• Fossil organisms present

  • Geochemical data

    • Stable isotopes

    • Chemically equivalent, but have different masses

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Fossils: Proxy Data

  • some organisms live in specific environments. Their fossils indicate climate

  • Cycads and crocodilians prefer tropical climates today but lived closer to the poles in the past – therefore, mid-to-high latitudes must have had warmer climates than today

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Lead Margin Analysis: Proxy Data

  • cold-adapted floras have more jagged leaves; warm-adapted ones have more smooth leaves.

  • The percentage of smooth leaves in a fossil flora can be used to determine temperature.

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Stomatal Density: Proxy Data

  • plants respire through openings called stomata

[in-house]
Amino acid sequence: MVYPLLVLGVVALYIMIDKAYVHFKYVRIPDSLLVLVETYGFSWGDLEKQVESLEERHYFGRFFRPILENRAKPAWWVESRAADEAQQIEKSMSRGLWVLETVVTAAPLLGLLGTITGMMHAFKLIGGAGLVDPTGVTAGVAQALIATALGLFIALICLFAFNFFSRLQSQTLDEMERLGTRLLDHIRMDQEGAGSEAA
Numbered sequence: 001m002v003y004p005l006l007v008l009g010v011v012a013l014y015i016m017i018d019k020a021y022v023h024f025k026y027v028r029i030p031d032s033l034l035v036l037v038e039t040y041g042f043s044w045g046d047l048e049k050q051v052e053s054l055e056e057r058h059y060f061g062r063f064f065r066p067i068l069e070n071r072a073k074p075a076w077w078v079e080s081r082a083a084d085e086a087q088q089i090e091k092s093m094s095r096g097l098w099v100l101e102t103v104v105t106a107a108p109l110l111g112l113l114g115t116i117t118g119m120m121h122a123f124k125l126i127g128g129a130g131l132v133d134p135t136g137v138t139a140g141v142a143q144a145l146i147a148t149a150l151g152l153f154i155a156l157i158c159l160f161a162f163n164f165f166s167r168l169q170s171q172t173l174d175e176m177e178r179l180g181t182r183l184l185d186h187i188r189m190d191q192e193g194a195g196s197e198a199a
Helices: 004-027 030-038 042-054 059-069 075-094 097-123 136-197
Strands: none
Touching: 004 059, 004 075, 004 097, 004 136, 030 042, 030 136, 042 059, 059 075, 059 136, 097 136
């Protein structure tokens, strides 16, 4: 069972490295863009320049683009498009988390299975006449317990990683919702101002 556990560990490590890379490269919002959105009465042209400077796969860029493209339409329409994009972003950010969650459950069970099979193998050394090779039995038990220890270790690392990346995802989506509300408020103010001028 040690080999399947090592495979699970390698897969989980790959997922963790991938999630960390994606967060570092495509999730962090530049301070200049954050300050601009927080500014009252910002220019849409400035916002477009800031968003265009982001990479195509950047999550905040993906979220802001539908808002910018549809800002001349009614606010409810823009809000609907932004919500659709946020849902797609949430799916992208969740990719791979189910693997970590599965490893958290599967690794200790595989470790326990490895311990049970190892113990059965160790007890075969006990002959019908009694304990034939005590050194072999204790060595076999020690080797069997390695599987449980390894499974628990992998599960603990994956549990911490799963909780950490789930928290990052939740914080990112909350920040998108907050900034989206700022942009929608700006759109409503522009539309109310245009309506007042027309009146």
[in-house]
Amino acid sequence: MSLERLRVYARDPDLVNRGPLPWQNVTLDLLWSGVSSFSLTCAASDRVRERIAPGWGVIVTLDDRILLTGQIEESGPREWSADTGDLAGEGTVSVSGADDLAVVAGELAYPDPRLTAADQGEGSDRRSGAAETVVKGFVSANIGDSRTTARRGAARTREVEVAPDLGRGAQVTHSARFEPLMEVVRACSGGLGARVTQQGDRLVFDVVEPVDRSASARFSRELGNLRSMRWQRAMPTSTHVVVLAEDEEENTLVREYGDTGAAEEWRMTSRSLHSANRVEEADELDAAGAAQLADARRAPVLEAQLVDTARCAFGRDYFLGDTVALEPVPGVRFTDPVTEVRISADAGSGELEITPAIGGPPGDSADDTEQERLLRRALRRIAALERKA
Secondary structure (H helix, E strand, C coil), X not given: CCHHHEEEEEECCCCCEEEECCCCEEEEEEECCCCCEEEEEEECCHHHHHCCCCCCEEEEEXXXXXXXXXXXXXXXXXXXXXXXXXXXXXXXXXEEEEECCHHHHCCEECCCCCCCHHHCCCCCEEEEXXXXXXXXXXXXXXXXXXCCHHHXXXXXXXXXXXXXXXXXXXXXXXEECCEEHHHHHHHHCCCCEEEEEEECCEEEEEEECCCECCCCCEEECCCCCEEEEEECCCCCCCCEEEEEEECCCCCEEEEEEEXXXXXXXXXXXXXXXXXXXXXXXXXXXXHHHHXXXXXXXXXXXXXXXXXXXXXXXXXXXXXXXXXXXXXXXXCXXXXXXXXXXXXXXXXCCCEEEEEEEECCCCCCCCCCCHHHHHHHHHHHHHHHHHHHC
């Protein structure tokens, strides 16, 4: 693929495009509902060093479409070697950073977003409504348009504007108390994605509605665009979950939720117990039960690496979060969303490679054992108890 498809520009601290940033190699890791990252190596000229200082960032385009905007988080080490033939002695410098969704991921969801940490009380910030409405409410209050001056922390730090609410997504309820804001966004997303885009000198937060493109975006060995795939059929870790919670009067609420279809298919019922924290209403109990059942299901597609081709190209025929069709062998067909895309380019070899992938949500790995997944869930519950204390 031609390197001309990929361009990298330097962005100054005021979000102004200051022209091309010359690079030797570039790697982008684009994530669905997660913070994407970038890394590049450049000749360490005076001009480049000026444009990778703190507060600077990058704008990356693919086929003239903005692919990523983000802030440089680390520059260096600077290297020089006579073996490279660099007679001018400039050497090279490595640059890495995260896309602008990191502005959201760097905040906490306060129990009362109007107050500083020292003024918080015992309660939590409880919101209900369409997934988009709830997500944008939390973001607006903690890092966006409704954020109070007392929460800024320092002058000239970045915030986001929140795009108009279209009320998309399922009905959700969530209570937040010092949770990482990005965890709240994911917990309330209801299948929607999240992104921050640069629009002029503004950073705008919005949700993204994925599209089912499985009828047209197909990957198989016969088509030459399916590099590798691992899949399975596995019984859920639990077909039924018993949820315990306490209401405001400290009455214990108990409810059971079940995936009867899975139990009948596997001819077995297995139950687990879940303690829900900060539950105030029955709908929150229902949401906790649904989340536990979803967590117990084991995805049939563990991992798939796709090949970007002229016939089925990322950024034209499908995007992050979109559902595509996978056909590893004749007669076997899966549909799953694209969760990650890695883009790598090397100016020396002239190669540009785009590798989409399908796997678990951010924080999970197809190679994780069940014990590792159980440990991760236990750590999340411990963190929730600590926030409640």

• In woody plants, the number of stomata increases as CO2 decreases

  • Low CO2 correlates with low temperatures, so more stomata suggest low temperatures too

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Oxygen Isotope Ratios

  • at low temperatures, heavy isotopes move slower

    • this is fractionation

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What are Isotopes?

  • Forms of an element that have a different number of neutrons than usual

  • Atomic mass is different but chemical properties are the same

  • Each radioisotope has a characteristic

  • Half Life: the time it takes for half the atoms to decay

  • On a linear scale, decay follows a hollow curve

  • On a logarithmic scale, decay follows a straight line

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When is a Particular Isotope Useful?

  • Short half-life good for young samples